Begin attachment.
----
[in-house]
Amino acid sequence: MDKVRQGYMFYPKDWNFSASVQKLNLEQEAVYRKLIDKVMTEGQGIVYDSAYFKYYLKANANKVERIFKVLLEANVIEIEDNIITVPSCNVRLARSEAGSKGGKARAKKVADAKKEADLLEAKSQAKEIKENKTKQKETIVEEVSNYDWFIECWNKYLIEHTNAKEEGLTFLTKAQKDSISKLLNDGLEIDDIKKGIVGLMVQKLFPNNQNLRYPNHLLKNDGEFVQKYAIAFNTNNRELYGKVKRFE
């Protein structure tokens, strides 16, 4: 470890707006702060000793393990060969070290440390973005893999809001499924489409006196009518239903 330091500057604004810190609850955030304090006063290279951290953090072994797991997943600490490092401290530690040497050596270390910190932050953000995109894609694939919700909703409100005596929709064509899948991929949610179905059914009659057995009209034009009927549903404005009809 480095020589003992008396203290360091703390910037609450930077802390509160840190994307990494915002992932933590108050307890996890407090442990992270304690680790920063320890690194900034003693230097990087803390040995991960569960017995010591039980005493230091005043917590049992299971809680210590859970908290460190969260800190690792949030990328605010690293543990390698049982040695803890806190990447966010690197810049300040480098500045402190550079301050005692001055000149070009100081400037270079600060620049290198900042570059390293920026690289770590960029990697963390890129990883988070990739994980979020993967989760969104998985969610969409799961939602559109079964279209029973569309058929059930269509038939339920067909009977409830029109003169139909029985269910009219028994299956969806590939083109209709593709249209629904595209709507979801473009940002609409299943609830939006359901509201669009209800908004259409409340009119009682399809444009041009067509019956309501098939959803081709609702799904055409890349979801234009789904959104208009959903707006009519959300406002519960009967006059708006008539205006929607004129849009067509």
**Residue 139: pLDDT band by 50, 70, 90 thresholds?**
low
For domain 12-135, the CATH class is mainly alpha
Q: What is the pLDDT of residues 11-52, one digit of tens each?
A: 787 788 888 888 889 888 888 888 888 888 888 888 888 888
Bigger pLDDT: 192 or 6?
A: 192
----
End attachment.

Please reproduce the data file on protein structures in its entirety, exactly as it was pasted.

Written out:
[in-house]
Amino acid sequence: MDKVRQGYMFYPKDWNFSASVQKLNLEQEAVYRKLIDKVMTEGQGIVYDSAYFKYYLKANANKVERIFKVLLEANVIEIEDNIITVPSCNVRLARSEAGSKGGKARAKKVADAKKEADLLEAKSQAKEIKENKTKQKETIVEEVSNYDWFIECWNKYLIEHTNAKEEGLTFLTKAQKDSISKLLNDGLEIDDIKKGIVGLMVQKLFPNNQNLRYPNHLLKNDGEFVQKYAIAFNTNNRELYGKVKRFE
């Protein structure tokens, strides 16, 4: 470890707006702060000793393990060969070290440390973005893999809001499924489409006196009518239903 330091500057604004810190609850955030304090006063290279951290953090072994797991997943600490490092401290530690040497050596270390910190932050953000995109894609694939919700909703409100005596929709064509899948991929949610179905059914009659057995009209034009009927549903404005009809 480095020589003992008396203290360091703390910037609450930077802390509160840190994307990494915002992932933590108050307890996890407090442990992270304690680790920063320890690194900034003693230097990087803390040995991960569960017995010591039980005493230091005043917590049992299971809680210590859970908290460190969260800190690792949030990328605010690293543990390698049982040695803890806190990447966010690197810049300040480098500045402190550079301050005692001055000149070009100081400037270079600060620049290198900042570059390293920026690289770590960029990697963390890129990883988070990739994980979020993967989760969104998985969610969409799961939602559109079964279209029973569309058929059930269509038939339920067909009977409830029109003169139909029985269910009219028994299956969806590939083109209709593709249209629904595209709507979801473009940002609409299943609830939006359901509201669009209800908004259409409340009119009682399809444009041009067509019956309501098939959803081709609702799904055409890349979801234009789904959104208009959903707006009519959300406002519960009967006059708006008539205006929607004129849009067509």
**Residue 139: pLDDT band by 50, 70, 90 thresholds?**
low
For domain 12-135, the CATH class is mainly alpha
Q: What is the pLDDT of residues 11-52, one digit of tens each?
A: 787 788 888 888 889 888 888 888 888 888 888 888 888 888
Bigger pLDDT: 192 or 6?
A: 192